The ritual of data scraping to train AI models by Big Tech firms like OpenAI and Google has already triggered a wave of copyright infringement lawsuits. Artists and authors with distinguished works to their name were obviously expected to be more litigious – the theft is marked and fought against more easily. 

Separately, cash-rich tech firms are signing deals with platform to use their proprietary data to train AI system. The $60 million Google-Reddit licensing deal foreshadows a season of AI licensing boom for content platforms. 

But for most content platforms, the agreements on data protection with their users are loosely worded and catch-all. And these platforms provide very little legal recourse to users.

What is driving these AI licensing deals?

The data scraping issue has been wearing down content platforms like social media companies and news publishers which have been struggling to make profits. Internet wormhole Reddit has been trying to tamp down costs given they don’t generate as much in ad revenue as other social media platforms.

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CEO Steve Huffman was worried that Reddit was losing tens of millions of dollars to support these companies that were dipping into their data for free and wanted to charge a fee for it.

In June last year, for the first time, the company decided to charge for access to its application programming interface or API, the system which software developers outside the company use to draw content from a platform. (Platform X, owned by Elon Musk, cut off access to its free API in April last year too after a similar realisation.) 

The deal with Google is a blessing for Reddit considering there’s an impending IPO hanging in the air. Huffman’s company will now pocket $60 million a year as well as be able to leverage the AI boom through revenue brought in via API fees. 

Other deals between AI companies and various types of content platforms that are hungry for a fresh source of money, are imminent. A report by 404Media revealed, Automattic, the parent company of Tumblr and WordPress, was discussing a potential deal with OpenAI and AI image tool maker Midjourney to provide training data from users’ posts. 

Last year in September, Meta admitted that a “vast majority” of its training data used to develop its AI assistants comprised of publicly available posts, including those on Facebook and Instagram. The company’s president of global affairs, Nick Clegg told Reuters that they had steered clear of datasets that include a heavy amount of personal information, such as posts from LinkedIn. 

Can social media content be secure?

But that is hardly a concrete reassurance for social media users. “Anyone who posts publicly on a social media platform needs to be aware that their content can be used to train an AI model. This is true whether you use a large social platform like Facebook or a smaller one like Reddit. Social platforms have an abundance of human-created information in the form of posts, links, photos, videos and more, and AI models need human oversight and verification in order to provide factual, correct information,” tech analyst, Debra Aho Williamson said.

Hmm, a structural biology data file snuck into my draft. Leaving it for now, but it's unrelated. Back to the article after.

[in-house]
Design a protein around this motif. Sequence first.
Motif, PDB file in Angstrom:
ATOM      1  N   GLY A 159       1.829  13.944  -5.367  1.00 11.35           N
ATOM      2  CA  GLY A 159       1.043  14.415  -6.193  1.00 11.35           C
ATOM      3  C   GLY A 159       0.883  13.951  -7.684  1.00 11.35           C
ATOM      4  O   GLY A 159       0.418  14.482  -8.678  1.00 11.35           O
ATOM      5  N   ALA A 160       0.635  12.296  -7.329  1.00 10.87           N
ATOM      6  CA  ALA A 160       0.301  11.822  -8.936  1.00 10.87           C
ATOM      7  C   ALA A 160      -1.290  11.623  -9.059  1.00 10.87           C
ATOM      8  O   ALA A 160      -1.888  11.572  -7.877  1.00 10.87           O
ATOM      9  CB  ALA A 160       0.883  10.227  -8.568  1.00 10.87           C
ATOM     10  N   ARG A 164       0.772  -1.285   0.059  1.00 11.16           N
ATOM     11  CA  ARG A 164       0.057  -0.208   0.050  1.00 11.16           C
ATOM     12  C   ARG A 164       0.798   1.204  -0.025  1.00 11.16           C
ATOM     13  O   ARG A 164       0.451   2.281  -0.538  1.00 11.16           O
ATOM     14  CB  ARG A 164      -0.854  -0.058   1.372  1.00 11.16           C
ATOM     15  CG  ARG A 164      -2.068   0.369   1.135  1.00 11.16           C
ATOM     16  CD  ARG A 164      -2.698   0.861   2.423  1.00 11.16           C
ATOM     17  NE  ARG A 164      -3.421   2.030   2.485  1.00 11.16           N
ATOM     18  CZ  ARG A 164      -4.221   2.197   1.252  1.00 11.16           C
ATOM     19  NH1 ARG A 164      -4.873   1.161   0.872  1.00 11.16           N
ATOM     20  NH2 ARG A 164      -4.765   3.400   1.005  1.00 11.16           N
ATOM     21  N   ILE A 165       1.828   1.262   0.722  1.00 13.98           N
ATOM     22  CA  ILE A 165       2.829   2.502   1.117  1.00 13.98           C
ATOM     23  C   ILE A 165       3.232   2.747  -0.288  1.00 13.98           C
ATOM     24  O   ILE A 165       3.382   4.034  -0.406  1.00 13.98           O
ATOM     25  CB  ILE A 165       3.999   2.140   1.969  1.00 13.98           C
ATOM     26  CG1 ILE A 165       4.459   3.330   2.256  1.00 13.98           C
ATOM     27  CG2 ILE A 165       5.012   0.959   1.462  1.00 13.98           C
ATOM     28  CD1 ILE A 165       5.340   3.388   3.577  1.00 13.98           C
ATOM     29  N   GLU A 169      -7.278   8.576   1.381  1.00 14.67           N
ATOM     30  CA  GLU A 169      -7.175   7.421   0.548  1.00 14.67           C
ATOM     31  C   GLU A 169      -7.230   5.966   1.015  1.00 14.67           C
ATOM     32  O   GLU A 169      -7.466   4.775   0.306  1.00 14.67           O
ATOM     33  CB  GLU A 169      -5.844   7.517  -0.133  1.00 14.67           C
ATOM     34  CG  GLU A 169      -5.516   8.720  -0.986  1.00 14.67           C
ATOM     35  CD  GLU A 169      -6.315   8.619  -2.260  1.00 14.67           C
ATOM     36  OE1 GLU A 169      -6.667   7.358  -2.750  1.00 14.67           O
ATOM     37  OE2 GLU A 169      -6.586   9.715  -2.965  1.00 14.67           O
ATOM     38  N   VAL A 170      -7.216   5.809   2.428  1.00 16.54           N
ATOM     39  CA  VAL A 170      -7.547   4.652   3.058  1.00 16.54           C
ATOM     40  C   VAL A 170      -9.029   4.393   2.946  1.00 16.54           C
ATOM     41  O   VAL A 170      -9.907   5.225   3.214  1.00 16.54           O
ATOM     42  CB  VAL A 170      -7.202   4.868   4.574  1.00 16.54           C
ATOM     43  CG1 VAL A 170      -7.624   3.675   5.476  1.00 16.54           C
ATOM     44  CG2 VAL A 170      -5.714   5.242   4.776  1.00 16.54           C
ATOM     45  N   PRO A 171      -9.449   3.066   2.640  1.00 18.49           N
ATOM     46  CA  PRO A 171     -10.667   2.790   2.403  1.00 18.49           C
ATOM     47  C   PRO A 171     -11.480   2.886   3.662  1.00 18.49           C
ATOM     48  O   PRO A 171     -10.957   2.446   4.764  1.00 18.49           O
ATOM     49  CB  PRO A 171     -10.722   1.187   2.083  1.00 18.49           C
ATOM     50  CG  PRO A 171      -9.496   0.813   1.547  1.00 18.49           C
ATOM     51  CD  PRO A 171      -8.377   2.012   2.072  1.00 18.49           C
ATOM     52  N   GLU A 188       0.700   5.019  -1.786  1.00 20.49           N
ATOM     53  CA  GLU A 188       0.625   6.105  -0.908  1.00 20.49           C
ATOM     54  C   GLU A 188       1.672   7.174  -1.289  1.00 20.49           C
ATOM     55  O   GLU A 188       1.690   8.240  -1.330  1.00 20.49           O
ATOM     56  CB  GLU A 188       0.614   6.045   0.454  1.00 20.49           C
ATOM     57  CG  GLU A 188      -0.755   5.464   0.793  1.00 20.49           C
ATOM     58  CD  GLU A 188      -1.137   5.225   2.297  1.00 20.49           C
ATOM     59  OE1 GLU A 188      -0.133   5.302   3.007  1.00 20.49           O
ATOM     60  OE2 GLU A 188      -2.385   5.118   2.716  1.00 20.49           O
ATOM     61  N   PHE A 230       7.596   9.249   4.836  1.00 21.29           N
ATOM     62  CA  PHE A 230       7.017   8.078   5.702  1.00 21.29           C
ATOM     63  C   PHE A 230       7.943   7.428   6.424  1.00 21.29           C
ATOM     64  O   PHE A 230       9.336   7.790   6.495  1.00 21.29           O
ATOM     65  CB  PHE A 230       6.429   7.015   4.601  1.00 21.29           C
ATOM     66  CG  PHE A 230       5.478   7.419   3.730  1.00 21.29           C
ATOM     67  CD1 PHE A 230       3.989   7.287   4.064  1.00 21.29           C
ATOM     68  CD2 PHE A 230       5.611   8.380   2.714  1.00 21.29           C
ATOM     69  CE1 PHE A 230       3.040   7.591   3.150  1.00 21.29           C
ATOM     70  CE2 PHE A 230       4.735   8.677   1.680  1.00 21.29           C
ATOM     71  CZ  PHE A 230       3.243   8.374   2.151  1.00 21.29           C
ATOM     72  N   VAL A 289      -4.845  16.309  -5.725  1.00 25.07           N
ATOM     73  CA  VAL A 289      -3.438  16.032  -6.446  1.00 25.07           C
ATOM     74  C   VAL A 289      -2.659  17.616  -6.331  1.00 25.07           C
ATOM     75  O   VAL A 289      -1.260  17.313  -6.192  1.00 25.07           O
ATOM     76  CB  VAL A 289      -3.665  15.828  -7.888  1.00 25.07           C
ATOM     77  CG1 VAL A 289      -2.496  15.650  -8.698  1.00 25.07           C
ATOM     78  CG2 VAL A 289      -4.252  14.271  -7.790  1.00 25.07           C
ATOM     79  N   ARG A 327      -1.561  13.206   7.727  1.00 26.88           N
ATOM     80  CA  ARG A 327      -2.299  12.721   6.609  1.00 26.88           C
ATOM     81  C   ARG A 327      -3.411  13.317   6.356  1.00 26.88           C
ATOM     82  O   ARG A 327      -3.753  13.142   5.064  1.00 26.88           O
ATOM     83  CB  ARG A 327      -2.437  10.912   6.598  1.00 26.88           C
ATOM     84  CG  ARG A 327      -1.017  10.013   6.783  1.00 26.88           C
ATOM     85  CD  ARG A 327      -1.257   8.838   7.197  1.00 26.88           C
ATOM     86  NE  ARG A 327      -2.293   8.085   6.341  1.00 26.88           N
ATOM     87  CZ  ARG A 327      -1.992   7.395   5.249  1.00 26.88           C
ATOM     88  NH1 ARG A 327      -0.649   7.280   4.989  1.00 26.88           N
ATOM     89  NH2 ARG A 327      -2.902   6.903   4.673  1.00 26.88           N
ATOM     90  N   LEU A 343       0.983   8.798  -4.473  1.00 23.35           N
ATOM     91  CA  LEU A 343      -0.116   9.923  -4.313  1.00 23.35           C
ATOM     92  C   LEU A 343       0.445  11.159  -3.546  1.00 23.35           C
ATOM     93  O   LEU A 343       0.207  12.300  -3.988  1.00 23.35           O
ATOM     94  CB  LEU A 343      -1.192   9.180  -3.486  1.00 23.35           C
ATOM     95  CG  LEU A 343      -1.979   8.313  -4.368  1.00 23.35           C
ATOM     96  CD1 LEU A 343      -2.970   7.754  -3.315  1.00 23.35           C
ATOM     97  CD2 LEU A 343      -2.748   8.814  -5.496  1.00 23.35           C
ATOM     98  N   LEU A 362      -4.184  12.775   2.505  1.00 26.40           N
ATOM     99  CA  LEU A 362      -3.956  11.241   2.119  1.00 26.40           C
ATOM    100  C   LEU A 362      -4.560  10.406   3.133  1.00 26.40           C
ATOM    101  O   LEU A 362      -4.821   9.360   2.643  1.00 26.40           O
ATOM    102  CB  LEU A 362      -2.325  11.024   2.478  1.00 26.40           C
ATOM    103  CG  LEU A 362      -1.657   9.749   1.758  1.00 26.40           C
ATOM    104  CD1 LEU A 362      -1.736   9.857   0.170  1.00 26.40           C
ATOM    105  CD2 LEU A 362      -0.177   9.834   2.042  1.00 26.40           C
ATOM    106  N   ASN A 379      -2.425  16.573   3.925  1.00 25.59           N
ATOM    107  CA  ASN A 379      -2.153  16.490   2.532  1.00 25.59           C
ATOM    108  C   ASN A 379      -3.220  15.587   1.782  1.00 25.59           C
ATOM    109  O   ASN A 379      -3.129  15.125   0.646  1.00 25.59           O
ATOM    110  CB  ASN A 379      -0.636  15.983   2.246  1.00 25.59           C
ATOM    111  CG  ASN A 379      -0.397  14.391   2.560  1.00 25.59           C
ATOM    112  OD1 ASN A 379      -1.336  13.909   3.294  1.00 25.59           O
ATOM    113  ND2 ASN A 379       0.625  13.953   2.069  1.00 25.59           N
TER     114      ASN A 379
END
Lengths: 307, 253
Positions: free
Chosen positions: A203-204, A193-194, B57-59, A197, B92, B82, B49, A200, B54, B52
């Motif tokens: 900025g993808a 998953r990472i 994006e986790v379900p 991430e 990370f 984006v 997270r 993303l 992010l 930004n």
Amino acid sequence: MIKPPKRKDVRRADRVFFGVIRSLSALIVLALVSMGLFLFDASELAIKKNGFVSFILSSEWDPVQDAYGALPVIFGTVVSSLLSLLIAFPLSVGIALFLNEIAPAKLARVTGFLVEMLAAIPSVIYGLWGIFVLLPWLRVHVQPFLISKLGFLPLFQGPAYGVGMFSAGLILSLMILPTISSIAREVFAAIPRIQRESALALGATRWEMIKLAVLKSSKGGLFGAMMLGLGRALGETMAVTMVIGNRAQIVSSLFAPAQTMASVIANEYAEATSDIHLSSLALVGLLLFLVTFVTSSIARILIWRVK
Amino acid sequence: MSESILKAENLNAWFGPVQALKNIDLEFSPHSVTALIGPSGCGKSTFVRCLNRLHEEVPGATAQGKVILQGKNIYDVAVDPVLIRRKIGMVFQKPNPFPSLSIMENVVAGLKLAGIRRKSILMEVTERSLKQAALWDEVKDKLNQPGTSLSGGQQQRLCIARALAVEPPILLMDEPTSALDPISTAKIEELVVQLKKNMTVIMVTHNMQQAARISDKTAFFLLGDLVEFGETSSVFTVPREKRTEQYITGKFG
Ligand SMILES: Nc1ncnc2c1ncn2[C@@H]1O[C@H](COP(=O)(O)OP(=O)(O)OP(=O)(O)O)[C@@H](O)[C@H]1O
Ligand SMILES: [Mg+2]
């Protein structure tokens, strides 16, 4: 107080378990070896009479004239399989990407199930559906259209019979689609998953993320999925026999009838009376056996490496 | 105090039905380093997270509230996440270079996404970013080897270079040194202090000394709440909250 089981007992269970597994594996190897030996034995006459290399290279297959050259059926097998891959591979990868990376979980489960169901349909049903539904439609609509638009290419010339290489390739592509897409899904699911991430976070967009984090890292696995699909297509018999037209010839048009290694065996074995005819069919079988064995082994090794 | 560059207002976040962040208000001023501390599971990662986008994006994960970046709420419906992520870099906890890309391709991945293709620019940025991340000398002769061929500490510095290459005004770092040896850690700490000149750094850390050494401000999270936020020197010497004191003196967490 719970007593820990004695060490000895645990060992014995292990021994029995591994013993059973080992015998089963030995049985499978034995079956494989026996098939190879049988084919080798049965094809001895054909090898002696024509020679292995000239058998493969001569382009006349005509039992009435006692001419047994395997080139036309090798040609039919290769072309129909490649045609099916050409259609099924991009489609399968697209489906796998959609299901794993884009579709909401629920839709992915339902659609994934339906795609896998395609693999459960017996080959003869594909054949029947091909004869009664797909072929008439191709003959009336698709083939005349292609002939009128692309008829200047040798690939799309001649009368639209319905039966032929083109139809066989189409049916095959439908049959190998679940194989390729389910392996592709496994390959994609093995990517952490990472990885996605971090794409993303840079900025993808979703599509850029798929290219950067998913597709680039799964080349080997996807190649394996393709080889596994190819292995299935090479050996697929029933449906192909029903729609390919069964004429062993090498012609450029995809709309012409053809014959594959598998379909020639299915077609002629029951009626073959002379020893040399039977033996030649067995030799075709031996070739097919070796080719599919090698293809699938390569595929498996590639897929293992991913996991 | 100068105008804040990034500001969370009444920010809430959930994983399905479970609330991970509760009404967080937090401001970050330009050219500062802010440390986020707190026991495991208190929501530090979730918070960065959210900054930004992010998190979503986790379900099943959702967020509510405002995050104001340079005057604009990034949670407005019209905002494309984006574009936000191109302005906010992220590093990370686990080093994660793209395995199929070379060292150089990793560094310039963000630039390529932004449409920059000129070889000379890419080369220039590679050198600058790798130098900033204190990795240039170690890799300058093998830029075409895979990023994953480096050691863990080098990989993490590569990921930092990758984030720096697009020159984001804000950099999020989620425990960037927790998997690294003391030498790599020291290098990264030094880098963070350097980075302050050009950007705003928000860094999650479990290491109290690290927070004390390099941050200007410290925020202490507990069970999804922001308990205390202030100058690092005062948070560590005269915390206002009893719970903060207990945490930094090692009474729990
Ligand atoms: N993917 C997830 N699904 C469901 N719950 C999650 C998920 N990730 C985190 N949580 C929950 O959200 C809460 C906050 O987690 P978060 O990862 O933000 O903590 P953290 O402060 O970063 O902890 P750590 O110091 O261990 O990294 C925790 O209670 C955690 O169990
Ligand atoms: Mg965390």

These partnerships indicate that AI companies do recognise the value of human-created content in training and improving their models. But that doesn’t make it less concerning. “Meta, for example, has built an enormous ad business by selling targeted advertising, and its success comes from the fact that it has built a world-class database of information about its users. Many users find that creepy. Using that same information to improve an AI model can feel similarly invasive – even if its public information,” she noted. 

If a TikTok ban wasn’t looming in the US, it would be the most likely social media platform to strike a deal with an AI company, according to Williamson. “TikTok videos contain a wealth of information, and much of its content is publicly available. LinkedIn is another company whose data might be useful to AI firms,” she stated. LinkedIn is also notably owned by Microsoft, which is knee-deep in AI partnerships with firms like OpenAI and Mistral. 

There’s very little that’s off limits. “Any sort of content creator – whether a social media user, a journalist, a designer, or a filmmaker – needs to be worried about how AI companies will use their content, as well as the potential for the AI company to disintermediate their business entirely,” she explained. 

How to protect against tools misusing data?